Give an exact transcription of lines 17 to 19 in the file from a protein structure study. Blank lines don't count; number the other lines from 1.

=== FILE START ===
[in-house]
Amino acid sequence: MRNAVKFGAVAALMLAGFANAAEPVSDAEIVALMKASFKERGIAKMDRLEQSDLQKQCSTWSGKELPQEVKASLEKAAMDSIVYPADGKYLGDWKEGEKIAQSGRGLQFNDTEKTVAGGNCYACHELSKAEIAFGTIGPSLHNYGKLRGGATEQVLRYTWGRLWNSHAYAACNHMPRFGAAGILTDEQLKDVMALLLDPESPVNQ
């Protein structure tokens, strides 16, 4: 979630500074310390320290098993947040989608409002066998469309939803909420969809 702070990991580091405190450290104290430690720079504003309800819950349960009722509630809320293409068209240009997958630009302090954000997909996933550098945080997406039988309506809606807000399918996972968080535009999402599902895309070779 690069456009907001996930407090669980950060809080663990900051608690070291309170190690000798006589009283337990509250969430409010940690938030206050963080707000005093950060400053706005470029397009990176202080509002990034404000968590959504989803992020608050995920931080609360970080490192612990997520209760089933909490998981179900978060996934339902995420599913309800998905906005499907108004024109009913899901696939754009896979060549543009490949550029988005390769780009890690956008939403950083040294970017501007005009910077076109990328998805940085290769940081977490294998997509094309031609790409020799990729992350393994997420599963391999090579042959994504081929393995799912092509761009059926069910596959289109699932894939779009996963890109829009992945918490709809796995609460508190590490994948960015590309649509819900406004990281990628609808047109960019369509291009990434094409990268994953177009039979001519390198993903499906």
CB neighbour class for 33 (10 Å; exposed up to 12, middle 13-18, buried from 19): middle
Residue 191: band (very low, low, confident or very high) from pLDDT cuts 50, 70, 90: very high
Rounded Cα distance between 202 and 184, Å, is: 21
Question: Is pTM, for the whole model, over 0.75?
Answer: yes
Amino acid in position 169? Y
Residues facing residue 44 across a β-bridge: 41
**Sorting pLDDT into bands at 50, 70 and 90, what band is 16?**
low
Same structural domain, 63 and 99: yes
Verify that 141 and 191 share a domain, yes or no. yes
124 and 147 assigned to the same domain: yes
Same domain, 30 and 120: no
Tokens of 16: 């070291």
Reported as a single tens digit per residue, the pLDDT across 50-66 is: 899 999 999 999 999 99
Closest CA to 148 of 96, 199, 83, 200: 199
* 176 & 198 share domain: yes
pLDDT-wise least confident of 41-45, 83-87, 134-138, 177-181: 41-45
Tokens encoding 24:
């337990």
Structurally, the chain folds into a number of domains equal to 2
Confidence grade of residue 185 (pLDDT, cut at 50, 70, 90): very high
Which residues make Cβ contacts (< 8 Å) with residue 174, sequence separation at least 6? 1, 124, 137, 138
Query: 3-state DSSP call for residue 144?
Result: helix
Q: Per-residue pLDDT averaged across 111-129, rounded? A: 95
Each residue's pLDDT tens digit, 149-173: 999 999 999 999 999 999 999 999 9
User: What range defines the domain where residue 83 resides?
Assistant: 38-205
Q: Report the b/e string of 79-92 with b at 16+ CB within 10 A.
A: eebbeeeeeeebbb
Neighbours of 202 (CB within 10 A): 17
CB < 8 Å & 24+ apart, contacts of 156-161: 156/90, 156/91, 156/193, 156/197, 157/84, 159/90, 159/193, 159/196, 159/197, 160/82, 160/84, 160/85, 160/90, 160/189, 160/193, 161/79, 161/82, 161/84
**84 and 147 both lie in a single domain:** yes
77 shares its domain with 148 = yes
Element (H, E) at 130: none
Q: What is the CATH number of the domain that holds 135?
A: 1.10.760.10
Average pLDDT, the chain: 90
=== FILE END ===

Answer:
Tokens of 16: 């070291």
Reported as a single tens digit per residue, the pLDDT across 50-66 is: 899 999 999 999 999 99
Closest CA to 148 of 96, 199, 83, 200: 199